Flinders is a Dana locality southeast of Melbourne, Victoria, best known for producing large crystals of gmelinite. The basalts are part of the Older Volcanics with a flow near the top of the sequence dated at 42 million years. Zeolites and associated mineralisation occur in vesicles in basalt along the coastline.
McAndrew and Marsden describe the Older Volcanics in the Flinders area as having olivine present as phenocrysts in a matrix showing flow structure, and consisting of augite, labradorite, iron ore and green glass.
The main mineralised locations in the Flinders area are as follows:
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(var: Oligoclase) recorded from West Head.
Goethite balls on prismatic aragonite crystals from Cairns Bay. Photo width 2.5mm, stack of 10 photos.
Barite occurs as colourless to white crystals to 2mm and is usually the last mineral to form. This group is from West Head. Ex Joan Lamond, ex Frank Robinson.
No data available for biotite.
Birnessite/Ranciéite, thought to be from Little Bird Rock, only existed as a single specimen in Museum Victoria when the Zeolites of Victoria was published. This specimen is from Cairns Bay and was found by Glad Rangott in 1993.
(including var: Ferroan Calcite)
A nice little sceptred calcite from Cairns Bay that goes by the name “the lighthouse”. The sceptre measures 0.8mm across. This shot taken with camera plus extension tubes plus closeup rings.
Museum of Victoria specimen M39943 listed as on phillipsite and analcime from Cairns Bay.
(including Chabazite-Ca, Chabazite-Na)
Colourless-white pseudohexagonal chabazite crystals from Cairns Bay, showing what is generally termed the phacolite habit. The crystals exhibit complex twinning as can be seen on the ones that are side-on (mini hamburgers!). Ex Bernie and Margaret Day Collection M487.
Two small crystals of native copper, one rounded and rough, the other sharp, with natrolite and analcime from Cairns Bay, Flinders, Victoria. Collected by me in the late 1980s from a boulder that produced connellite and paratacamite as well. Photo width 11mm.
Cuprite is occasionally found as an alteration of copper crystals.
Black platy crystals tentatively identified as digenite (Birch, 1989).
Fibrous overgrowths of erionite-Na on levyne. Originally thought to be offretite or a mixture of offretite and erionite.
No data available for ferro-kaersutite.
Rounded apatite megacryst from West Head. Analyses of apatites from Flinders indicate a range from hydroxyl-bearing fluorapatite to fluorine-bearing hydroxylapatite. This specimen, ex Joan Lamond Collection, is labelled as fluorapatite.
Often occurs as an intergrowth of chabazite and gmelinite.
A very nice specimen of gmelinite on natrolite from Cairns Bay. Specimen measures 65x50x40mm and was collected by the late John Stewart, a prolific collector at both Flinders and Phillip Island.
Goethite occurs as coatings or balls on other species (eg aragonite, natrolite). This specimen from Cairns Bay.
Gypsum is very uncommon and forms as either a coating or less commonly crystals such as these. Photo width 5mm. Ex Bernie and Margaret Day specimen.
Needles of natrolite enclosed in analcime from Cairns Bay. The red colour is thought to be caused by hematite.
Hydroxylapatite occurs as megacrysts in basalt at West Head. See fluorapatite.
Museum Victoria Mineralogy Collection specimen - black crystals in basalt.
No data available for laumontite.
Reported in 1902 but considered doubtful as no specimens are known to exist (Birch 1989).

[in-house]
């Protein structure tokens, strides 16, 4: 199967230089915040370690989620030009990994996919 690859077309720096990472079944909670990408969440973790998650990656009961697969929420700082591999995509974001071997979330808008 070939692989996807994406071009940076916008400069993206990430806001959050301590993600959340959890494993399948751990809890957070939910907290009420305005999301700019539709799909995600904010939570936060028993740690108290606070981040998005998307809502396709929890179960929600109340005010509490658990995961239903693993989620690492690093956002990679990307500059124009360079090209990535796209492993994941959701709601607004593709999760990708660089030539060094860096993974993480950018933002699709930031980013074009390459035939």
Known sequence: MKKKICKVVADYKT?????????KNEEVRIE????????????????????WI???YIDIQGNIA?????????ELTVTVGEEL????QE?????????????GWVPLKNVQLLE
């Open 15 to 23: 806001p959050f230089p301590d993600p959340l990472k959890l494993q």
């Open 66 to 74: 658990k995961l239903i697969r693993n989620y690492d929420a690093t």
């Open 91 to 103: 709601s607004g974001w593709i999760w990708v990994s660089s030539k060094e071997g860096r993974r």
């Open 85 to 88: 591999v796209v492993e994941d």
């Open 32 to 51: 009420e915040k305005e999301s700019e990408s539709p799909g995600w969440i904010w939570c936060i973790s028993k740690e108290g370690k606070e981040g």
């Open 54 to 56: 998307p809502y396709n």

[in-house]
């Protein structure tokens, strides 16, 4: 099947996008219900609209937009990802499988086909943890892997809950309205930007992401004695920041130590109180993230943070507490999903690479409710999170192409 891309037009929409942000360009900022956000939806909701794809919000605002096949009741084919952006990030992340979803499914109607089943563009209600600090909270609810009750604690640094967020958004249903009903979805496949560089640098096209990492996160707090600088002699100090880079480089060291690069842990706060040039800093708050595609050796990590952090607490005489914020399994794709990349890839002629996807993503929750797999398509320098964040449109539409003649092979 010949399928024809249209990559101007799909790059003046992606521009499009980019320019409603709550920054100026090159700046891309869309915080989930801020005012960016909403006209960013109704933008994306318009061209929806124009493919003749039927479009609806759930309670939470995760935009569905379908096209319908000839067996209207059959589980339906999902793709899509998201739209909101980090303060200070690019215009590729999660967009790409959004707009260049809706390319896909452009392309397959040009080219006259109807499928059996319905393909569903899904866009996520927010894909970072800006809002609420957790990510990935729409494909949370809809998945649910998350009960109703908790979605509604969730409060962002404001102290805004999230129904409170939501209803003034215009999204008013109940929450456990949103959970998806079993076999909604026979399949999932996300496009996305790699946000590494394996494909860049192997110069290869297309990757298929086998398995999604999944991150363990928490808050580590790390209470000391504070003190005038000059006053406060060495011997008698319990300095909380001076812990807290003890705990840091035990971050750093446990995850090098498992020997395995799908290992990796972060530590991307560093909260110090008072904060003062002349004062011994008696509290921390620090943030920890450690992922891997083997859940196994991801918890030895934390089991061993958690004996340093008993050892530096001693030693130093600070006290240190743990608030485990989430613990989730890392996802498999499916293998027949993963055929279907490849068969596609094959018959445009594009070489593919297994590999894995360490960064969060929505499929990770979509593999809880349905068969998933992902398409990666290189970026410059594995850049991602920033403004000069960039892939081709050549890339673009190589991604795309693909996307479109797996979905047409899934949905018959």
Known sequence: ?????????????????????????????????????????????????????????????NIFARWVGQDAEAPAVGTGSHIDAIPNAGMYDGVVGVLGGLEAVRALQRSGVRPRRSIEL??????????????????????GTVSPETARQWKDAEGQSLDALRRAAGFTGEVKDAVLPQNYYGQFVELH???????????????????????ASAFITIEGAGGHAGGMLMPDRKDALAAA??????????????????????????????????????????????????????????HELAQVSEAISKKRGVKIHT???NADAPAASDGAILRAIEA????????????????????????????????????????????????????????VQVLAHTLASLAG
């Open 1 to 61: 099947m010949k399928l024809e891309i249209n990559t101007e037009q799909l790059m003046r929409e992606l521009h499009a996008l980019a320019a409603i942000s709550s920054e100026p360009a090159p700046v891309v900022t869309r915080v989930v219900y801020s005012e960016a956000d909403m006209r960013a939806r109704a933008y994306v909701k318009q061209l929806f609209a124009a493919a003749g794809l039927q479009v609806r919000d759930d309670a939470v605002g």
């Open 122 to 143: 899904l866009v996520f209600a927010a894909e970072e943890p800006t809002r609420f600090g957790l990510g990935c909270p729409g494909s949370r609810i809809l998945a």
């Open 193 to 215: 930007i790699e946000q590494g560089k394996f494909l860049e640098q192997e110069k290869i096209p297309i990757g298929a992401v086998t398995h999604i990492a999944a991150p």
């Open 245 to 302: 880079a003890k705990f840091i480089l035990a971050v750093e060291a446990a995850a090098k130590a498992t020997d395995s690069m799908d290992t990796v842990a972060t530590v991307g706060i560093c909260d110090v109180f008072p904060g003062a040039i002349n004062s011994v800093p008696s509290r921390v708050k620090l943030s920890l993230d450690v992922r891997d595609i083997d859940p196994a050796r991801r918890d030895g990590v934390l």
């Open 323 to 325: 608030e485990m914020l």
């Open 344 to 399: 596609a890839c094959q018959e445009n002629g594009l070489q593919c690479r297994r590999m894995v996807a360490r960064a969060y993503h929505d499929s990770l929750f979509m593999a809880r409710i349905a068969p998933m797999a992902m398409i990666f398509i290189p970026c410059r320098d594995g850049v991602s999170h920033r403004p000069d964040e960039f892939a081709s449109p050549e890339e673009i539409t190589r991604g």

Colourless chabazite crystals impaled on natrolite needles with bladed thomsonite from Little Bird Rock.
More typical white natrolite sprays from Cairns Bay. Ex John Haupt.
Described by Gottardi and Galli as probably an intergrowth with erionite. But then Passaglia et al determined that practically all “offretite” grown epitaxially on levyne is actually erionite, including those specimens tested from Flinders.
Found as 1mm cubes or needle-like forms at West Head. Montmorillonite globs on acicular pyrite from West Head. Photo width 2.5mm.
Recorded as crystals up to 3mm long with chabazite and montmorillonite.
Thomsonite-Ca, Cairns Bay, Flinders, Victoria. An attractive specimen with two radial groups of thomsonite crystals, at 90 degrees to one another. Neat! Photo width 11mm.
A transparent green copper silicate (unknown species) coats other copper minerals.
Reported in 1930 but considered doubtful as no specimens are known to exist (Birch 1989).
Zircon occurs as phenocrysts in basalt at West Head.
Birch, W.D. (1975), Chabazite or gmelinite (or both) in basalts from Flinders, Victoria, Australian Mineralogist 1(1).
Birch, W.D., and Pearson, J.E. (1982), Copper chloride minerals in basalt from Flinders, Victoria. Australian Mineralogist, 1(39).
Birch, W.D. (1988), Zeolites from Phillip Island and Flinders, Victoria. Mineralogical Record, 19(6).
Birch, W.D. (1989), Zeolite Minerals of Victoria. The Victorian Mineralogical Society Special Publication No. 2.
Birch, W.D. and Henry, D. (1993), Phosphate Minerals of Victoria. The Victorian Mineralogical Society Special Publication No. 3.
CoulsellL, R. (1980), Notes on the zeolite - collecting area of Flinders, Victoria, Australia. Australian Mineralogist, 1(33).
Gottardi, G. and Galli, E. (1985), Natural Zeolites.
Henderson, W.A., and Garland, C.M. (1986), Natrolite arches from Simmon's Bay, Australia. Mineralogical Record, 17(6).
McAndrew, J. and Marsden, M. (1973), Regional Guide to Victorian Geology.
Mitchell, S.R. (1930), Zeolites from Flinders. Victorian Naturalist, 47.
Passaglia, E.,Artioli, G., and Gualtieri, A. (1998), Crystal chemistry of the zeolites erionite and offretite, American Mineralogist, 83.
Tschernich, R. (1992): Zeolites of the World.